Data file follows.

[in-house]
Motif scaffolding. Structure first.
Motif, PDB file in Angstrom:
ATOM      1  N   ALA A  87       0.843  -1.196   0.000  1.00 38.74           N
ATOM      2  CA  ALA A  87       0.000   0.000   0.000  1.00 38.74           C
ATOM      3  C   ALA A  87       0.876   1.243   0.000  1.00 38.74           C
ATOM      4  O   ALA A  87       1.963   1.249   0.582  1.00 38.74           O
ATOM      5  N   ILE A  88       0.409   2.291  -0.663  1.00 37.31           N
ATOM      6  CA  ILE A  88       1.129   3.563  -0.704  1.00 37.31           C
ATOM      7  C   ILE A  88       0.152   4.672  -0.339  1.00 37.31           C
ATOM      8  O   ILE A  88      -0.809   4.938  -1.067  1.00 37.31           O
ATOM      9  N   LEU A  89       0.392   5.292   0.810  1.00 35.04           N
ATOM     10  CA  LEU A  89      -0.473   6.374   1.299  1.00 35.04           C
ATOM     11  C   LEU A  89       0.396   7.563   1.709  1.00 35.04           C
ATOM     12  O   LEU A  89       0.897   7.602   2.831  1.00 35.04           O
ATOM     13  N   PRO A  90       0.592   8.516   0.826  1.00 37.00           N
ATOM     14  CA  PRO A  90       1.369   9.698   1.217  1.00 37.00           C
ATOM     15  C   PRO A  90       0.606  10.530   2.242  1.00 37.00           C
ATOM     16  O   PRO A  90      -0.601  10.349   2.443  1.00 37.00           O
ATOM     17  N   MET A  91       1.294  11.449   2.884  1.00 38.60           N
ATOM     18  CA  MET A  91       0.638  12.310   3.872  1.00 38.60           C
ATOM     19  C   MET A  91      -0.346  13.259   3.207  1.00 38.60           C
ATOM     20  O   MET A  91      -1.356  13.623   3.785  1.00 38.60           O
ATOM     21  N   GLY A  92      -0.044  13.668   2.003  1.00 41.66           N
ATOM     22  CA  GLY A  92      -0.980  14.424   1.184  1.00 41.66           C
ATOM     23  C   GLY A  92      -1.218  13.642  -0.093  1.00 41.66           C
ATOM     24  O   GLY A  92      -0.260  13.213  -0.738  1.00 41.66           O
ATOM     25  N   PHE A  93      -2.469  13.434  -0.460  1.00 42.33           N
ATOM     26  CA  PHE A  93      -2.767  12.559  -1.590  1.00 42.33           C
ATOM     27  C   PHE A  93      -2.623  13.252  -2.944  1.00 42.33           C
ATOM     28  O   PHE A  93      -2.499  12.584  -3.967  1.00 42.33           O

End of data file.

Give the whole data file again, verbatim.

[in-house]
Motif scaffolding. Structure first.
Motif, PDB file in Angstrom:
ATOM      1  N   ALA A  87       0.843  -1.196   0.000  1.00 38.74           N
ATOM      2  CA  ALA A  87       0.000   0.000   0.000  1.00 38.74           C
ATOM      3  C   ALA A  87       0.876   1.243   0.000  1.00 38.74           C
ATOM      4  O   ALA A  87       1.963   1.249   0.582  1.00 38.74           O
ATOM      5  N   ILE A  88       0.409   2.291  -0.663  1.00 37.31           N
ATOM      6  CA  ILE A  88       1.129   3.563  -0.704  1.00 37.31           C
ATOM      7  C   ILE A  88       0.152   4.672  -0.339  1.00 37.31           C
ATOM      8  O   ILE A  88      -0.809   4.938  -1.067  1.00 37.31           O
ATOM      9  N   LEU A  89       0.392   5.292   0.810  1.00 35.04           N
ATOM     10  CA  LEU A  89      -0.473   6.374   1.299  1.00 35.04           C
ATOM     11  C   LEU A  89       0.396   7.563   1.709  1.00 35.04           C
ATOM     12  O   LEU A  89       0.897   7.602   2.831  1.00 35.04           O
ATOM     13  N   PRO A  90       0.592   8.516   0.826  1.00 37.00           N
ATOM     14  CA  PRO A  90       1.369   9.698   1.217  1.00 37.00           C
ATOM     15  C   PRO A  90       0.606  10.530   2.242  1.00 37.00           C
ATOM     16  O   PRO A  90      -0.601  10.349   2.443  1.00 37.00           O
ATOM     17  N   MET A  91       1.294  11.449   2.884  1.00 38.60           N
ATOM     18  CA  MET A  91       0.638  12.310   3.872  1.00 38.60           C
ATOM     19  C   MET A  91      -0.346  13.259   3.207  1.00 38.60           C
ATOM     20  O   MET A  91      -1.356  13.623   3.785  1.00 38.60           O
ATOM     21  N   GLY A  92      -0.044  13.668   2.003  1.00 41.66           N
ATOM     22  CA  GLY A  92      -0.980  14.424   1.184  1.00 41.66           C
ATOM     23  C   GLY A  92      -1.218  13.642  -0.093  1.00 41.66           C
ATOM     24  O   GLY A  92      -0.260  13.213  -0.738  1.00 41.66           O
ATOM     25  N   PHE A  93      -2.469  13.434  -0.460  1.00 42.33           N
ATOM     26  CA  PHE A  93      -2.767  12.559  -1.590  1.00 42.33           C
ATOM     27  C   PHE A  93      -2.623  13.252  -2.944  1.00 42.33           C
ATOM     28  O   PHE A  93      -2.499  12.584  -3.967  1.00 42.33           O